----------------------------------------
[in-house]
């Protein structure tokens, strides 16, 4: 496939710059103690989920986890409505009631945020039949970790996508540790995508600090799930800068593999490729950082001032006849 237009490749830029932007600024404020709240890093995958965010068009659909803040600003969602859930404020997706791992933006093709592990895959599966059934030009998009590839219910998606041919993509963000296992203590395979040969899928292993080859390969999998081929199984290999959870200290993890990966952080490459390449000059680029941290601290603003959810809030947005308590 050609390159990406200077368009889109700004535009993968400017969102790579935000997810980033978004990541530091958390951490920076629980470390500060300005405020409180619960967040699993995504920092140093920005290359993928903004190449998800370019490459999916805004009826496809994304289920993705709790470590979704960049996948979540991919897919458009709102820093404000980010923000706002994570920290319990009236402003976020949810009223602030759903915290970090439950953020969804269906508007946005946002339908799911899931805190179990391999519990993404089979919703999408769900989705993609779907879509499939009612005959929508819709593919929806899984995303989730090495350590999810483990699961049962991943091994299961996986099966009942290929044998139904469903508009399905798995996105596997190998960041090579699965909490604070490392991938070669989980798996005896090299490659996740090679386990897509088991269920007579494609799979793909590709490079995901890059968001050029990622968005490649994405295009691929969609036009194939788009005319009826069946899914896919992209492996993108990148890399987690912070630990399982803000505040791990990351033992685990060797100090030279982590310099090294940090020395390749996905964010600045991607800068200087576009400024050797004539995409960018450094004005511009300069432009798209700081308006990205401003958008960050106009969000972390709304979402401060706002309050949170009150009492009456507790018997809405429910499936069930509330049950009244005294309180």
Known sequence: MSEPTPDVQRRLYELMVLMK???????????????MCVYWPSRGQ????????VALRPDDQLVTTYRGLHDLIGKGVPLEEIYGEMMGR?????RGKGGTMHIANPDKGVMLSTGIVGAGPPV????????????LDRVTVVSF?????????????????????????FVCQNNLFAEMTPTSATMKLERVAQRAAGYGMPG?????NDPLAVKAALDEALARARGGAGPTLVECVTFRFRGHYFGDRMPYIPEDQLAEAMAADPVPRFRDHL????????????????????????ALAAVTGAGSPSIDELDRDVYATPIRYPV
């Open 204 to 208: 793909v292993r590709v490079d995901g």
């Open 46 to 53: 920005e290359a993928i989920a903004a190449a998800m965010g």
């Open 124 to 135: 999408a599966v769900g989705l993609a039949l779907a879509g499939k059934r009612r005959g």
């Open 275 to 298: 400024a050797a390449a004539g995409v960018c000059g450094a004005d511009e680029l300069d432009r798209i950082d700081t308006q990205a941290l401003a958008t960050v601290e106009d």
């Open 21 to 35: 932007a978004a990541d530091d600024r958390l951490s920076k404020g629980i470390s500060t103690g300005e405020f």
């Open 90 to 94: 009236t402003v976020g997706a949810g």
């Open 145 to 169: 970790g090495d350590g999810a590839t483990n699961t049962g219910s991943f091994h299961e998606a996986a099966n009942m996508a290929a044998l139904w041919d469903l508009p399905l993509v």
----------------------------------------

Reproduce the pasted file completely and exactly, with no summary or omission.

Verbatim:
[in-house]
């Protein structure tokens, strides 16, 4: 496939710059103690989920986890409505009631945020039949970790996508540790995508600090799930800068593999490729950082001032006849 237009490749830029932007600024404020709240890093995958965010068009659909803040600003969602859930404020997706791992933006093709592990895959599966059934030009998009590839219910998606041919993509963000296992203590395979040969899928292993080859390969999998081929199984290999959870200290993890990966952080490459390449000059680029941290601290603003959810809030947005308590 050609390159990406200077368009889109700004535009993968400017969102790579935000997810980033978004990541530091958390951490920076629980470390500060300005405020409180619960967040699993995504920092140093920005290359993928903004190449998800370019490459999916805004009826496809994304289920993705709790470590979704960049996948979540991919897919458009709102820093404000980010923000706002994570920290319990009236402003976020949810009223602030759903915290970090439950953020969804269906508007946005946002339908799911899931805190179990391999519990993404089979919703999408769900989705993609779907879509499939009612005959929508819709593919929806899984995303989730090495350590999810483990699961049962991943091994299961996986099966009942290929044998139904469903508009399905798995996105596997190998960041090579699965909490604070490392991938070669989980798996005896090299490659996740090679386990897509088991269920007579494609799979793909590709490079995901890059968001050029990622968005490649994405295009691929969609036009194939788009005319009826069946899914896919992209492996993108990148890399987690912070630990399982803000505040791990990351033992685990060797100090030279982590310099090294940090020395390749996905964010600045991607800068200087576009400024050797004539995409960018450094004005511009300069432009798209700081308006990205401003958008960050106009969000972390709304979402401060706002309050949170009150009492009456507790018997809405429910499936069930509330049950009244005294309180």
Known sequence: MSEPTPDVQRRLYELMVLMK???????????????MCVYWPSRGQ????????VALRPDDQLVTTYRGLHDLIGKGVPLEEIYGEMMGR?????RGKGGTMHIANPDKGVMLSTGIVGAGPPV????????????LDRVTVVSF?????????????????????????FVCQNNLFAEMTPTSATMKLERVAQRAAGYGMPG?????NDPLAVKAALDEALARARGGAGPTLVECVTFRFRGHYFGDRMPYIPEDQLAEAMAADPVPRFRDHL????????????????????????ALAAVTGAGSPSIDELDRDVYATPIRYPV
């Open 204 to 208: 793909v292993r590709v490079d995901g």
């Open 46 to 53: 920005e290359a993928i989920a903004a190449a998800m965010g």
């Open 124 to 135: 999408a599966v769900g989705l993609a039949l779907a879509g499939k059934r009612r005959g």
């Open 275 to 298: 400024a050797a390449a004539g995409v960018c000059g450094a004005d511009e680029l300069d432009r798209i950082d700081t308006q990205a941290l401003a958008t960050v601290e106009d």
């Open 21 to 35: 932007a978004a990541d530091d600024r958390l951490s920076k404020g629980i470390s500060t103690g300005e405020f």
């Open 90 to 94: 009236t402003v976020g997706a949810g």
């Open 145 to 169: 970790g090495d350590g999810a590839t483990n699961t049962g219910s991943f091994h299961e998606a996986a099966n009942m996508a290929a044998l139904w041919d469903l508009p399905l993509v």